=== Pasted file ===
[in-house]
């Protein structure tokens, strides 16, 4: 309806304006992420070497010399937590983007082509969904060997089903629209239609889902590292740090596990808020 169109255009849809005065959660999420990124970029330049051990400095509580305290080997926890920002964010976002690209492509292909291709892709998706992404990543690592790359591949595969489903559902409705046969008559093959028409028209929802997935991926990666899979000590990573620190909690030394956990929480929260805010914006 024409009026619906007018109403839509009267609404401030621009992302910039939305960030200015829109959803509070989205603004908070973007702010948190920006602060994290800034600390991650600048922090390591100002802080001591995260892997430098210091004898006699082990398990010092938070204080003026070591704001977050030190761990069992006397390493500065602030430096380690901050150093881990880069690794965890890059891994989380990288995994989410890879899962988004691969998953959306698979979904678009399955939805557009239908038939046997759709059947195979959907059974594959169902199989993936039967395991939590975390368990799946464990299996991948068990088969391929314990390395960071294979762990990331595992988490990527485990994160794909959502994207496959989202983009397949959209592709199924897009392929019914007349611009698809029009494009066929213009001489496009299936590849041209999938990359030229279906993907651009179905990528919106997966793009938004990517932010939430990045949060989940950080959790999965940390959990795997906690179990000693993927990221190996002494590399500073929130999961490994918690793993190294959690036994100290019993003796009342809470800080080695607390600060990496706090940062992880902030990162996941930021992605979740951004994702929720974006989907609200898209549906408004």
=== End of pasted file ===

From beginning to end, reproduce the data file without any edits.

[in-house]
């Protein structure tokens, strides 16, 4: 309806304006992420070497010399937590983007082509969904060997089903629209239609889902590292740090596990808020 169109255009849809005065959660999420990124970029330049051990400095509580305290080997926890920002964010976002690209492509292909291709892709998706992404990543690592790359591949595969489903559902409705046969008559093959028409028209929802997935991926990666899979000590990573620190909690030394956990929480929260805010914006 024409009026619906007018109403839509009267609404401030621009992302910039939305960030200015829109959803509070989205603004908070973007702010948190920006602060994290800034600390991650600048922090390591100002802080001591995260892997430098210091004898006699082990398990010092938070204080003026070591704001977050030190761990069992006397390493500065602030430096380690901050150093881990880069690794965890890059891994989380990288995994989410890879899962988004691969998953959306698979979904678009399955939805557009239908038939046997759709059947195979959907059974594959169902199989993936039967395991939590975390368990799946464990299996991948068990088969391929314990390395960071294979762990990331595992988490990527485990994160794909959502994207496959989202983009397949959209592709199924897009392929019914007349611009698809029009494009066929213009001489496009299936590849041209999938990359030229279906993907651009179905990528919106997966793009938004990517932010939430990045949060989940950080959790999965940390959990795997906690179990000693993927990221190996002494590399500073929130999961490994918690793993190294959690036994100290019993003796009342809470800080080695607390600060990496706090940062992880902030990162996941930021992605979740951004994702929720974006989907609200898209549906408004």